‘Irish luck’ might seem like a strangely pervasive term in light of a nation that has experienced a devastating potato famine, generations of English oppression, and a history of relentless rain.
Nonetheless, Ireland is imagined by many as a nation brimming with lucky gold coins and shamrock charms.
Why exactly is Ireland associated with good fortune? Let’s take a look at how the Irish came to be known as ‘lucky’.
Was St Patrick lucky?
The question a lot of (certainly non-Irish) people are too afraid to ask; why do we drunkenly parade the streets in sparkly green spandex for a Catholic bloke named St Patrick once year?
After being captured by pirates as a teenager, Patrick lived as a slave in Ireland for many years, tending to farm animals, before escaping back to his home in Britain.
There, he became a cleric, and decided to embark on a mission. He would return to pagan Ireland and Christianize to the country.
St Patrick famously used the shamrock to illustrate how the Holy Trinity is comprised of the Father, Son and Holy Spirit.
By the 7th century, St Patrick had become a Patron Saint of Ireland. There are many conflicting accounts of St Patrick’s life, so separating fact from fiction is no easy task.
In any case, we like to celebrate him, and Irish culture overall, on what is believed to be the date of his death – the 17th of March. Was St Patrick lucky?
Getting kidnapped by pirates actually sounds like the definition of ‘unlucky’.
As for persuading an entire nation to convert from Celtic polytheism to Christianity – that may have been due to his killer charisma rather than pure luck.
Then there’s the snakes he, according to legend, banished from Ireland.
The luck there might have been more to do with the fact that Ireland never had any snakes.
In short – no, St Patrick is not behind Ireland’s reputation as a nation of lucky people.
So where does the phrase ‘Irish luck’ come from?
As it happens, the phrase has somewhat insulting origins. Between 1820 and 1920, an estimated 4.5 million Irish people emigrated to the US.
Most were fleeing extreme famine, and many did not survive the treacherous transatlantic journey.
To make matters worse, the local Americans weren’t exactly the most hospitable toward Irish immigrants.
The Irish might be universally adored today, but 200 years ago they were discriminated against by the existing settlers.
However, their arrival did overlap with the Gold Rush of the mid-1800s, and it just so happens that the Irish-American miners were especially successful, making fortunes with the silver and gold they excavated.
Subsequently, the Irish became the subject of bitter jealousy, and other miners would attribute their success to ‘luck’ rather than skill.
‘Irish luck’ implied the miners’ fortune was not the result of hard work, and therefore not rightfully earned.
At least that’s according to the historian Edward T. O’Donnell, who wrote ‘1001 Things Everyone Should Know About Irish American History’.
A taste of irony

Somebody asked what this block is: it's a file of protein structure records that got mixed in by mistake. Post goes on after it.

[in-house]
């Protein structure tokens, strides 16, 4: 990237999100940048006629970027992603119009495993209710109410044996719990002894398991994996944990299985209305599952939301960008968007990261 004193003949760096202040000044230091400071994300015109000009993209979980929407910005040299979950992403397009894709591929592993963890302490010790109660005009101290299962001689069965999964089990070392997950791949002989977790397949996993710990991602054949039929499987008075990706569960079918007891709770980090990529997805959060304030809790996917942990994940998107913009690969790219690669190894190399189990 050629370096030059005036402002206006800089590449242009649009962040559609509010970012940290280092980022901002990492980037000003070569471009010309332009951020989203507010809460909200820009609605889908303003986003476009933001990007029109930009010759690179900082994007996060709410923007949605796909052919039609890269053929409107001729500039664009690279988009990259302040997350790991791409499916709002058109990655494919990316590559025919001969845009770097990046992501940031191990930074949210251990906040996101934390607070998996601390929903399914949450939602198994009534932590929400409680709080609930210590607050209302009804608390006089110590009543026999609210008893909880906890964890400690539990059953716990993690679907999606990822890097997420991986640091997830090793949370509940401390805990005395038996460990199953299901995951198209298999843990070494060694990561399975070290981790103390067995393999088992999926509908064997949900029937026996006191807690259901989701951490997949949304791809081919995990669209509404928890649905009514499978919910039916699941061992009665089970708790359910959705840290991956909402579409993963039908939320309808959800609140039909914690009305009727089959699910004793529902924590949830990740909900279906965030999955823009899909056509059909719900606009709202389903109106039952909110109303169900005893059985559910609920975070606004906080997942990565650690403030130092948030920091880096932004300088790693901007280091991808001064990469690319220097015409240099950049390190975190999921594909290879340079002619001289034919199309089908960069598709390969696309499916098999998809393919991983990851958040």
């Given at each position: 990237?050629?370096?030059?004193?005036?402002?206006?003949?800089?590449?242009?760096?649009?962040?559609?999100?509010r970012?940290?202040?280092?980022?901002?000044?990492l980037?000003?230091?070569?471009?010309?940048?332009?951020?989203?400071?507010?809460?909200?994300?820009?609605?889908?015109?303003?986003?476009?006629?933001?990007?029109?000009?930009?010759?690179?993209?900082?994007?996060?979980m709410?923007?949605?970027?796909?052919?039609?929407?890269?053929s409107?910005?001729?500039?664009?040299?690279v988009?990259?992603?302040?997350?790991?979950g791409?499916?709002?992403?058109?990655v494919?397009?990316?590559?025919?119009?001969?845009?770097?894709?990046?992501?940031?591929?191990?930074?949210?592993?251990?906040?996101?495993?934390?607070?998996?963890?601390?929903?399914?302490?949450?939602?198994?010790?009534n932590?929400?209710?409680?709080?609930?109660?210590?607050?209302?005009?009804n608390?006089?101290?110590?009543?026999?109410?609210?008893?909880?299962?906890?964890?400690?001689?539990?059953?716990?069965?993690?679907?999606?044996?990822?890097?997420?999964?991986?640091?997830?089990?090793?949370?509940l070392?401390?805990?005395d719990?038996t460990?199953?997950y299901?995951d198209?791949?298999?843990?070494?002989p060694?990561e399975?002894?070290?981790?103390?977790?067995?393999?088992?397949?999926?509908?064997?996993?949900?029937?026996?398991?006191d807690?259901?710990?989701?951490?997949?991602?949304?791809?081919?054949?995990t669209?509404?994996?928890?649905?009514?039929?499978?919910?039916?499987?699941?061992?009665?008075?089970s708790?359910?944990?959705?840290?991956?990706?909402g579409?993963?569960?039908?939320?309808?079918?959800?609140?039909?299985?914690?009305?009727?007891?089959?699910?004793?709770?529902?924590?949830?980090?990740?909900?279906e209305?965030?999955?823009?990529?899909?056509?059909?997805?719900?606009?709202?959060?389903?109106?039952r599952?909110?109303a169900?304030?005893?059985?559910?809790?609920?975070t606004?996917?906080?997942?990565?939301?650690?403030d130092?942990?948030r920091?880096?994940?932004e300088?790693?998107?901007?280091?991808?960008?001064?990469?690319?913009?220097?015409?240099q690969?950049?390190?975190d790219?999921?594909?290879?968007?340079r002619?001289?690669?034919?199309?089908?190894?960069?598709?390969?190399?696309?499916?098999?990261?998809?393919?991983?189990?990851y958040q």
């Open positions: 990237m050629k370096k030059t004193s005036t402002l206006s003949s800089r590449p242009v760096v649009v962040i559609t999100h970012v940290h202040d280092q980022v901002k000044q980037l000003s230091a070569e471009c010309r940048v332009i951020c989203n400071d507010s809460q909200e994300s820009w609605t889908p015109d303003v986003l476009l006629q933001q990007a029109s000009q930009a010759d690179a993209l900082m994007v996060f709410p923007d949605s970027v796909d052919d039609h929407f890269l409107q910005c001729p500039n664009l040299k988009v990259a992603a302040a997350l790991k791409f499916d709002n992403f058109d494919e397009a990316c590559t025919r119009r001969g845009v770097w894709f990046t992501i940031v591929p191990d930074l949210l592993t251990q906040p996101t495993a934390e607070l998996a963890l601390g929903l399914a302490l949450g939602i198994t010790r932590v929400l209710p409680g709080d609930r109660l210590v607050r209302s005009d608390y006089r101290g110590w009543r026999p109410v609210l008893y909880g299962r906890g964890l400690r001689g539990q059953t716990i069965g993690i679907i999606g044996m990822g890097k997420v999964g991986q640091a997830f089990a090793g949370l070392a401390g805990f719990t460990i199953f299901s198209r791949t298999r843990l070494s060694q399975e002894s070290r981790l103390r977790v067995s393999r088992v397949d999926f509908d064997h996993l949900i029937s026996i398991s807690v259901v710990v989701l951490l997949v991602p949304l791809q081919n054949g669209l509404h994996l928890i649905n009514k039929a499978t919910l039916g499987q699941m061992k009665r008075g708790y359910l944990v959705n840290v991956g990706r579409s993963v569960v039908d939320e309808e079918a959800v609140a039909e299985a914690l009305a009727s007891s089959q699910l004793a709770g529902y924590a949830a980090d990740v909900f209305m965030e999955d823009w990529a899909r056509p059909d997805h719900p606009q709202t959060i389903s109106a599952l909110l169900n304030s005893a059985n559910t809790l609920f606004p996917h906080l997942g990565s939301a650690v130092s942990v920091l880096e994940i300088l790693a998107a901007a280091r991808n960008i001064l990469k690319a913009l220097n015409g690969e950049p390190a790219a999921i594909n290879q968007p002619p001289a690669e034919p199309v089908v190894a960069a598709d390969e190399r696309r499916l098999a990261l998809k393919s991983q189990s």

Many suggest the phrase stuck around in part because of the smack of irony attached to it, considering how unlucky the Irish have been throughout history – from the ruthless pillaging at the hands of Vikings, to families split apart by emigration or death by famine, and today’s prevailing discrimination against redheads.
But although (or perhaps because) the Irish have suffered their fair share of ill fate, they have developed a dark sense of humour.
The very inappropriateness of suggesting there is such a thing as ‘Irish luck’ might well have contributed towards the pervasiveness of the phrase.
From a historical perspective, there is, after all, a degree of black comedy in the term’s perverted inaccuracy.
Leapin’ leprechauns and other magical myths
Folklore tells us of how catching a leprechaun fairy will bring good luck. In exchange for their freedom, the leprechaun will grant you three wishes.
The mischievous little green man is furthermore said to hide his pot of gold at the end of rainbows (but finders keepers, right?).
It’s no coincidence, then, that leprechauns have become a universal symbol of good fortune, and serve as the inspiration behind popular luck-based games, such as the iconic Rainbow Riches series.
Add to that the association of clovers with Irish culture, and we’ve got an additional connection with lucky symbols.
Four-leaf clovers, famed for their rarity, were used as magical charms by Celtic priests who believed the plant would protect them against evil spirits.
The first reference to shamrocks as a lucky charm dates as far back as 1620, recorded by the writer and politician Sir John Melton.
Needless to say, Ireland’s folklore is laced with luck, even if its history is not.
So the Irish aren’t really that lucky after all?
Sure we are – in other ways! The Irish are lucky – at least in the sense that any country with such a legendary and widely recognised culture can be described as ‘lucky’.
The distinctive and iconic qualities of our nation sees us celebrated across the globe on St Patrick’s Day (a national holiday that is observed in more countries than any other national festival, by the way).
We’re a nation that has given the world James Joyce, Oscar Wilde, Bono, Colin Farrell, and that one member from One Direction (who were apparently a big deal).
Don’t even get me started on the phenomena that is Riverdance, or the delectable Guinness. Ireland has no shortage of wonderful and unique cultural offerings, making our nation as easy to love as it is to parody.
Ireland is a romantic country of cosy pubs, freckled faces, beautiful music and gorgeous moors of emerald green.
It’s also worth mentioning that Ireland is a wealthy nation, with an international allure so appealing that we see as many as 10 million tourists each year.
With an incredible heritage of which to be proud, and a global significance of which to boast – I’d like to propose that the Irish are a little lucky after all. And that is what I drink to on St Paddy’s Day!